The Chariho School District is advocating for a $150 million bond that will include demolishing and replacing three elementary schools. A ballot referenda vote is expected later this spring.

Chariho’s $150 Million School Building Bond: The Truth Behind the Reimbursement Scheme

The Chariho School District is advocating for a $150 million bond that will include demolishing and replacing three elementary schools. A ballot referenda vote is expected later this spring.

Their pitch hinges on one key point, that the State of Rhode Island will reimburse the district for up to 81% of the bonds. Reimburse with what? YOUR MONEY.

Their logic assumes that the reimbursement is free money; as the adults in the room, we know this cannot be the case. These are not dumb people, but they are perfectly willing to lean into their deception of us – the people that will bear the burden of the costs. Don’t be fooled, all reimbursement is money from you – the taxpayer. Government doesn’t generate earnings from voluntary transactions…all of their revenue is extracted, with the threat of force, from its citizens.

This is just a union driven scam.

So, what is happening here? Our state has been hijacked by extreme union leftists. The number three in the state senate – Valerie Lawson – is the President of the teachers union in Rhode Island. Make no mistake, the levers of government are fully controlled by the unions. They are not acting in our best interest as they should, they are collectively bargaining for their members.

And we are on the other side of the table. State employees are not a neutral party, they are pushing for a massive transfer of wealth from citizens of Rhode Island to unions. Your vote NO on this bond is the only thing that will stop them from using our school infrastructure as a pawn in their money grabbing scheme.

“Take our money!” they say. If this was a business transaction, can you imagine a customer begging a seller to take their money? This doesn’t pass the common sense test, and it literally doesn’t add up.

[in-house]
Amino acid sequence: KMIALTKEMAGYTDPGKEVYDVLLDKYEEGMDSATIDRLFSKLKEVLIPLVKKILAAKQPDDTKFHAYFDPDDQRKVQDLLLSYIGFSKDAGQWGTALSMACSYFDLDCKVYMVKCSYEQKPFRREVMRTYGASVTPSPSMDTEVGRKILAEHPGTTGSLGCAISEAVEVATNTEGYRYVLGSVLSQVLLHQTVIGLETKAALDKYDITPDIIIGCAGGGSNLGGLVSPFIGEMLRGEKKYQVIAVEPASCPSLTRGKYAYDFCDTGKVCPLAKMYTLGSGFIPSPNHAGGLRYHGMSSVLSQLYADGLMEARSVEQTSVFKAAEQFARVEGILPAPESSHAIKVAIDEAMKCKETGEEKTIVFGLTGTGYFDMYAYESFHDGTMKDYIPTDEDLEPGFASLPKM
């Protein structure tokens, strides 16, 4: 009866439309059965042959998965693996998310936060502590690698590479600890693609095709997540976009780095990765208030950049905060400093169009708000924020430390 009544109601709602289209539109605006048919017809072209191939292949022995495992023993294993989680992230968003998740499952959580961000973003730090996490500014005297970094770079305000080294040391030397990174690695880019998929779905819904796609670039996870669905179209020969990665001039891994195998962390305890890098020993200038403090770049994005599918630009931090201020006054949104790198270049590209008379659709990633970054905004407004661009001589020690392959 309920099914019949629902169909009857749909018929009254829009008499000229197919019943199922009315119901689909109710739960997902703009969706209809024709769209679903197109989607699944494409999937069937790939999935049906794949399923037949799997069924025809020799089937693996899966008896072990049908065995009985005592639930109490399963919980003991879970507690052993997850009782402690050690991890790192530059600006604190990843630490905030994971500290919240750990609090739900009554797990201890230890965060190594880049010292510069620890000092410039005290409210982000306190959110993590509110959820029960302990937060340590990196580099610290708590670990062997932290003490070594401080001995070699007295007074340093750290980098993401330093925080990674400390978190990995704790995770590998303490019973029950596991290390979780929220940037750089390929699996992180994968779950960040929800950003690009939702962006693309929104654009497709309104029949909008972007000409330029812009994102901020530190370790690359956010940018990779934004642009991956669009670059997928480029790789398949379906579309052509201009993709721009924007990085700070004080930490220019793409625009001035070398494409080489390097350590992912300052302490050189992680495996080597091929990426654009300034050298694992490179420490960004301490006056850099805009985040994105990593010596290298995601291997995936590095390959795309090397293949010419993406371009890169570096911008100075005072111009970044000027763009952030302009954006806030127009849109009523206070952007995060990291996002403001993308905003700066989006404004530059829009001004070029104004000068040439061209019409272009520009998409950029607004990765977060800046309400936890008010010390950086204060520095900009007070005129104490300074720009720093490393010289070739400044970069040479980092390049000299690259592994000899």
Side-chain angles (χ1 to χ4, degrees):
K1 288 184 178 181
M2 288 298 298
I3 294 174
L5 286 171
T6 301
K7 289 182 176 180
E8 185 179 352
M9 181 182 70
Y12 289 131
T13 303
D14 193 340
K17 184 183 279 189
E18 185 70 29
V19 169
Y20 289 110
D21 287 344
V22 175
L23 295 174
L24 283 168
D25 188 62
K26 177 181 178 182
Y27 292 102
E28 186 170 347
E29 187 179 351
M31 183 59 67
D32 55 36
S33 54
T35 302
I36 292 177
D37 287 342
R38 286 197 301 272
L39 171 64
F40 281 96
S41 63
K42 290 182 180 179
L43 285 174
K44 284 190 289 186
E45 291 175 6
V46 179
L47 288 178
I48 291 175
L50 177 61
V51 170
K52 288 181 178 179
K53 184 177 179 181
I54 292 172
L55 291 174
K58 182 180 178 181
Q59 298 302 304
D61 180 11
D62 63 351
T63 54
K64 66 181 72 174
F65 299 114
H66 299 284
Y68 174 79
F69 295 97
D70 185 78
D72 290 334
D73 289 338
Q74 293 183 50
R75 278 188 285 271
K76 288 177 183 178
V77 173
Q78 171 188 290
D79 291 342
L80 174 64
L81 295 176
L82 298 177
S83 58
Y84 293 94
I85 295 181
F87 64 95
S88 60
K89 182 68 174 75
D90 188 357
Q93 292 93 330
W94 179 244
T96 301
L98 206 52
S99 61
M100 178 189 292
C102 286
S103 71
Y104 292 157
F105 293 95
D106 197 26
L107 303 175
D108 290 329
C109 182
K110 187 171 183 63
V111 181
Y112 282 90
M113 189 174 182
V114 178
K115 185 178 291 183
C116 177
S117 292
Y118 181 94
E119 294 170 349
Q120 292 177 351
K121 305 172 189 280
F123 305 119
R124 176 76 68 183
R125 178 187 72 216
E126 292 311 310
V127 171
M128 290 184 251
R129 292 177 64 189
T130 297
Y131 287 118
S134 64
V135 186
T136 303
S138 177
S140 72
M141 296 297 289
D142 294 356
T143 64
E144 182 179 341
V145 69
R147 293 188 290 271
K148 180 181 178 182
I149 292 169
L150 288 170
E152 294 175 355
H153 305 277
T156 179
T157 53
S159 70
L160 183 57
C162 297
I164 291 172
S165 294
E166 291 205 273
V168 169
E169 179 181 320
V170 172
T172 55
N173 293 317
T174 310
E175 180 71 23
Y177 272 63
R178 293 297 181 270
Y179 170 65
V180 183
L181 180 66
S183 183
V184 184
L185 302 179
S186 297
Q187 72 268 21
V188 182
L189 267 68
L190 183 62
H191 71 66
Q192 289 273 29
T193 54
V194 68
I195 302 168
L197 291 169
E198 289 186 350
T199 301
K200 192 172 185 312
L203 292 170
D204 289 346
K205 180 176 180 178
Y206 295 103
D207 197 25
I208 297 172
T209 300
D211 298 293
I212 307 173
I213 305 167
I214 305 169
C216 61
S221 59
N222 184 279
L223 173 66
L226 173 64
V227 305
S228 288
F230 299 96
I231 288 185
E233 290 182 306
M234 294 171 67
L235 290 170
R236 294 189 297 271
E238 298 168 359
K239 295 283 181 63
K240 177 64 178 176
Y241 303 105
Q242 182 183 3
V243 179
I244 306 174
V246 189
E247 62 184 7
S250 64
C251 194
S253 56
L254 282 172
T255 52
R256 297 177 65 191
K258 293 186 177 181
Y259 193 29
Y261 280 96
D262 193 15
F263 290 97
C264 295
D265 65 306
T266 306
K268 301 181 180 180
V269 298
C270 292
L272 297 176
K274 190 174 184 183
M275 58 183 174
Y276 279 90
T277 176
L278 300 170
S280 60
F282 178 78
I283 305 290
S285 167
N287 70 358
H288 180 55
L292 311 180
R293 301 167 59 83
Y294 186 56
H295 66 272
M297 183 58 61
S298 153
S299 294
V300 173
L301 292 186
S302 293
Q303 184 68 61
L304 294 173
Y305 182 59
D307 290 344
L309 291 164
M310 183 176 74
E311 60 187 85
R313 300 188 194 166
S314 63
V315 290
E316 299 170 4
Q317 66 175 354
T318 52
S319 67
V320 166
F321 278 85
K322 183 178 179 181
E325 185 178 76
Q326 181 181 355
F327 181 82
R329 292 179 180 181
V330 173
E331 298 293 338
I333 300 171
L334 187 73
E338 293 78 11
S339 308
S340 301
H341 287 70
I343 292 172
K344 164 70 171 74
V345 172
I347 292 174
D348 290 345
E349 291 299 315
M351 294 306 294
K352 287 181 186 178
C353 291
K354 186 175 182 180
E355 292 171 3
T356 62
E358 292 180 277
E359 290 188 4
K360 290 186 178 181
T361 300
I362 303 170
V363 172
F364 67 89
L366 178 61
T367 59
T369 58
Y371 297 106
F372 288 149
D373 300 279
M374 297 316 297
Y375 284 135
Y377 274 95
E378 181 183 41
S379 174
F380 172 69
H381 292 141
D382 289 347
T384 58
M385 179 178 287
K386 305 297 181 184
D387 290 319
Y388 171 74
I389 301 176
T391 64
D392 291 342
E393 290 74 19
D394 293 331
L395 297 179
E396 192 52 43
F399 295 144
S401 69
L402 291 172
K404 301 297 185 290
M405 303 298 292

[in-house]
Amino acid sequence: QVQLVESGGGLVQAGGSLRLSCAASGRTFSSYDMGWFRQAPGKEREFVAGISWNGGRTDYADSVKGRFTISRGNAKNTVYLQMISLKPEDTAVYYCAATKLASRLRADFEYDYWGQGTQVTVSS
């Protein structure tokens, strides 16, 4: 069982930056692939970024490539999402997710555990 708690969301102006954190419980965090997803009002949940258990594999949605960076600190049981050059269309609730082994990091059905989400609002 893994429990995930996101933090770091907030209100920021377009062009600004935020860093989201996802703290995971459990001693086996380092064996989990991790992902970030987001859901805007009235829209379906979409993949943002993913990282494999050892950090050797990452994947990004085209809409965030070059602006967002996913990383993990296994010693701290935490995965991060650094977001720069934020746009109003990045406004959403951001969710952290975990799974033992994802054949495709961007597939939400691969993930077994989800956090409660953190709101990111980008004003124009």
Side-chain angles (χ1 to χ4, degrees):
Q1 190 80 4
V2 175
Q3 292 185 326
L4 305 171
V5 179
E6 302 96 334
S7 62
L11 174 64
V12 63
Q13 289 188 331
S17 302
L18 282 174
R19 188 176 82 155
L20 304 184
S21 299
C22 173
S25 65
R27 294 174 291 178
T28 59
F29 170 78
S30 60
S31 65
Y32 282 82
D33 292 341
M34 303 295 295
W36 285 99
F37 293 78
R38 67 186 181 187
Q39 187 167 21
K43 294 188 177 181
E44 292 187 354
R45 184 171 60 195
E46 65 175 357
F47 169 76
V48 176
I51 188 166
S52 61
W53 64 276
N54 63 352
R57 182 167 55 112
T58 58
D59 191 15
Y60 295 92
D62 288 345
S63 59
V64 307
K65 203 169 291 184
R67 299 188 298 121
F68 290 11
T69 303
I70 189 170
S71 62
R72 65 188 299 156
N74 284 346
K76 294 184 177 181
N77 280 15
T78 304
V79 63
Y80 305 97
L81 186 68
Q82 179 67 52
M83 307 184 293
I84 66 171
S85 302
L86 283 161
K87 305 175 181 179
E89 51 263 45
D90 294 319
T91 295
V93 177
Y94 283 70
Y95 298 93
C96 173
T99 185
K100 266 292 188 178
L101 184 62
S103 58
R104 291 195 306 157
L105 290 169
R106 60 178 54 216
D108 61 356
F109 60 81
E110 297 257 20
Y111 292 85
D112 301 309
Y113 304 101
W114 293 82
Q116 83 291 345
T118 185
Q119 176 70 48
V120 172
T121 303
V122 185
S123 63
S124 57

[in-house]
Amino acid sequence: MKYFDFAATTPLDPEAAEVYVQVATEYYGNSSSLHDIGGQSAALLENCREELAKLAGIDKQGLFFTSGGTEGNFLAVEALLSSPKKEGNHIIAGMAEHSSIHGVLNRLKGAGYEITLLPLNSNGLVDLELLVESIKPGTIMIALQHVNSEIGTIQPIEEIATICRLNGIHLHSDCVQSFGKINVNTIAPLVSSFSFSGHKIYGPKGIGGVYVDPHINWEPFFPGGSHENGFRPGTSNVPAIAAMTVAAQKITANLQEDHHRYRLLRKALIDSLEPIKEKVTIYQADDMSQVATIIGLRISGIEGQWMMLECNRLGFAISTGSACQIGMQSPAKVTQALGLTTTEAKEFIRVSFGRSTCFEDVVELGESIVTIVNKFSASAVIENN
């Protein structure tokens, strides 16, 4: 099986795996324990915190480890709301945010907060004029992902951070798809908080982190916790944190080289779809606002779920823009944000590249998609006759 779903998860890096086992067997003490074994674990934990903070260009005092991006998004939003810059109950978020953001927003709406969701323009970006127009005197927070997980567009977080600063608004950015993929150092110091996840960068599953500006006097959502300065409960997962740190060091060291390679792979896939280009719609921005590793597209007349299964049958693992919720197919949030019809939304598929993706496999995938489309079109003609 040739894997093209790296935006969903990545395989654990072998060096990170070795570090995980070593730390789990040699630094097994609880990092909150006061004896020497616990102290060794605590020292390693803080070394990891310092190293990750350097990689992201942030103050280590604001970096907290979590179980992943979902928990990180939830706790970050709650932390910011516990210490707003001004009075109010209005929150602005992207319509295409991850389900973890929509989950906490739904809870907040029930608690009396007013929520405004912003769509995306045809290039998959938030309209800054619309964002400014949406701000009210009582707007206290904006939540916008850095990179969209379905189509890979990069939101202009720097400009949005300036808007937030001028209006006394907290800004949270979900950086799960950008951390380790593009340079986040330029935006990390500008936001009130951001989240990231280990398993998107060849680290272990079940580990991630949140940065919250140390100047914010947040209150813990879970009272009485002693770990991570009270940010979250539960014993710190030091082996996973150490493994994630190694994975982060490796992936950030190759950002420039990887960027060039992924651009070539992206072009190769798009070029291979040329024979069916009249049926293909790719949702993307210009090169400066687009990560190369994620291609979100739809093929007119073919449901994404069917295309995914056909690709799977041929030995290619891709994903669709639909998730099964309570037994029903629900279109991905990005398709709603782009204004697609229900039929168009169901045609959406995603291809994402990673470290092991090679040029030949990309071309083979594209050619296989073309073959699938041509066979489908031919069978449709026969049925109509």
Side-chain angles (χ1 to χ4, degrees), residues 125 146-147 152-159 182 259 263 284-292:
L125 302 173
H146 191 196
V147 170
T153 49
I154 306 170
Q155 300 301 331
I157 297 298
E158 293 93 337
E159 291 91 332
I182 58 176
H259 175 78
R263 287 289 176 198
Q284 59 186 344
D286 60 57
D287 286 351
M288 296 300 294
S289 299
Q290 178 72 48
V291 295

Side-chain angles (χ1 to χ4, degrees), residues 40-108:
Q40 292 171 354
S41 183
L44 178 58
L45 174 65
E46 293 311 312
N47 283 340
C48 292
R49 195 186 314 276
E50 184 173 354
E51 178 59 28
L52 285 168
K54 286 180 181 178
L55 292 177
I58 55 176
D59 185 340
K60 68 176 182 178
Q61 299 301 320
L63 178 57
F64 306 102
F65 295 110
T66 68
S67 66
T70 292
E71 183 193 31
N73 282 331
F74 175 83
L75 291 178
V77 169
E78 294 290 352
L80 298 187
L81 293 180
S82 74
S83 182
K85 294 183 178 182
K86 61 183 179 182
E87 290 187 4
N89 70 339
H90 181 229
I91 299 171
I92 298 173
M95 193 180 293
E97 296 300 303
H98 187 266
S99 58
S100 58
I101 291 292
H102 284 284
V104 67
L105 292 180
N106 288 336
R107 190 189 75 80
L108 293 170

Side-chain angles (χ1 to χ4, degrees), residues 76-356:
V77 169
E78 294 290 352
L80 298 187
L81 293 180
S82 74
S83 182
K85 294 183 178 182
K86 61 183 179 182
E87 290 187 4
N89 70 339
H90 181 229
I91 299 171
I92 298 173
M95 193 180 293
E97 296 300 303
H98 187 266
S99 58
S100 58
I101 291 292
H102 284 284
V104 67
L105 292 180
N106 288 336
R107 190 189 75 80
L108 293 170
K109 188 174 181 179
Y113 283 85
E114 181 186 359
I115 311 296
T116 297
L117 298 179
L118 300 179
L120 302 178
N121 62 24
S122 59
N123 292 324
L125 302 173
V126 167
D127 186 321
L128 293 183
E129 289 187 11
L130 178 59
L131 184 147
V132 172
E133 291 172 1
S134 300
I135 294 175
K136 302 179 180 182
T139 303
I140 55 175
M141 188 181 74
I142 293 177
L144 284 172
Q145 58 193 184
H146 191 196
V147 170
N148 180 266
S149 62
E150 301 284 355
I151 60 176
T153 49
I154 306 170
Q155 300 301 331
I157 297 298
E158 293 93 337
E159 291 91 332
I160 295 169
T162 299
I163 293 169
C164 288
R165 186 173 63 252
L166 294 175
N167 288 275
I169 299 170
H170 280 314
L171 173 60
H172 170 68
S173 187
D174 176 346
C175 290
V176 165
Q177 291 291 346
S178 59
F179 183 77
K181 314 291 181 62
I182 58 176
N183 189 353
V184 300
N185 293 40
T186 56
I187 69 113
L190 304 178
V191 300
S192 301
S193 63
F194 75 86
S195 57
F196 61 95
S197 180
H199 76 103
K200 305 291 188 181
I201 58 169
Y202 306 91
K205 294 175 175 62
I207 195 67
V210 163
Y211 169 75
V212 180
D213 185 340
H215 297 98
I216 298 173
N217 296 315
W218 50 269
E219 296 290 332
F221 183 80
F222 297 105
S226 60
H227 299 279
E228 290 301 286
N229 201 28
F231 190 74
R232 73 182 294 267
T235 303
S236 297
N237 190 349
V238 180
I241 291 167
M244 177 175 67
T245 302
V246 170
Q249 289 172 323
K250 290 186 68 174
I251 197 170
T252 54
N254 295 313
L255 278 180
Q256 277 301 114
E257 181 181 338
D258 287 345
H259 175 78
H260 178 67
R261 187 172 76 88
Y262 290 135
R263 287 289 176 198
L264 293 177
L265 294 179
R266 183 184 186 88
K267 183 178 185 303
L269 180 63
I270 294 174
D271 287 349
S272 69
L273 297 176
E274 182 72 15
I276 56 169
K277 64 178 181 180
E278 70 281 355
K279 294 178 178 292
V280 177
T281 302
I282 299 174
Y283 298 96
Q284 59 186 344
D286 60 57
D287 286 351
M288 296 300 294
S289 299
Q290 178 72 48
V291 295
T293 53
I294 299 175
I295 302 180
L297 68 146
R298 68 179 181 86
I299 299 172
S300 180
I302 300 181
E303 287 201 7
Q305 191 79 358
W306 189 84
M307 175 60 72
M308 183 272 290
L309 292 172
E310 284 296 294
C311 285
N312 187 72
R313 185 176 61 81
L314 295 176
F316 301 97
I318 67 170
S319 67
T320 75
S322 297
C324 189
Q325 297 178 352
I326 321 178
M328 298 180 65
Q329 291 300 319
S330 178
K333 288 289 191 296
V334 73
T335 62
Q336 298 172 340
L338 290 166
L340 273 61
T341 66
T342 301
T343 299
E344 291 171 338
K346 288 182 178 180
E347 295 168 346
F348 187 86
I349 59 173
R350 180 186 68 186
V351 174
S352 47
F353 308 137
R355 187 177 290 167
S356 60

Mario Carreno, as the representative from the Rhode Island Department of Education (RIDE), tried to challenge this logic by telling the Richmond Town Council that “The others around you are moving forward.” It was as if to say that everybody else is getting a piece of the action, Richmond needs to be smart and grab their own piece. His comment fully exposed the moral hazard of this state reimbursement scheme. The state wants you to think they are protecting you from the consequences of a bad decision by thinking you’re too stupid to realize they are just taking your money from a different pocket.

Just the fact that a state employee is visiting Richmond Rhode Island to sell the spending of state money is concerning. Do we really want our bureaucrats pushing for more state spending? The state budget when I graduated college was just topping $1 Billion. It is now approaching $15 BILLION. This is showing growth WAY beyond inflation. This program should be completely halted.

If the State of Rhode Island wants to support improved educational outcomes they should get out of the way – eliminate all unfunded mandates, and block-grant money to the districts based on student population. The moral hazard should be removed to prevent other towns from falling prey. “Everybody is doing it” is a line for teenagers, not responsible public servants.

Carreno, from RIDE also said “You also have buildings turning 90, and if you issue a bond and commit another 20 years to it, likely more, is that the most prudent use of your dollars to prop up an old building?” Well, Harvard has buildings over 300 years old. They are sitting on an endowment of almost $50 billion, but they made the decision to maintain their buildings in place.

As to the state of our schools in Chariho, they are warm, safe, and dry. There has been a continued commitment of operational and capital dollars allocated annually for their upkeep. We should not be distracted by massive building projects. Our focus should be squarely focused on improving the performance of our students in reading and math.

Clay Johnson is a resident of Richmond, RI and is Treasurer of He is also a former Chariho School Committee member.

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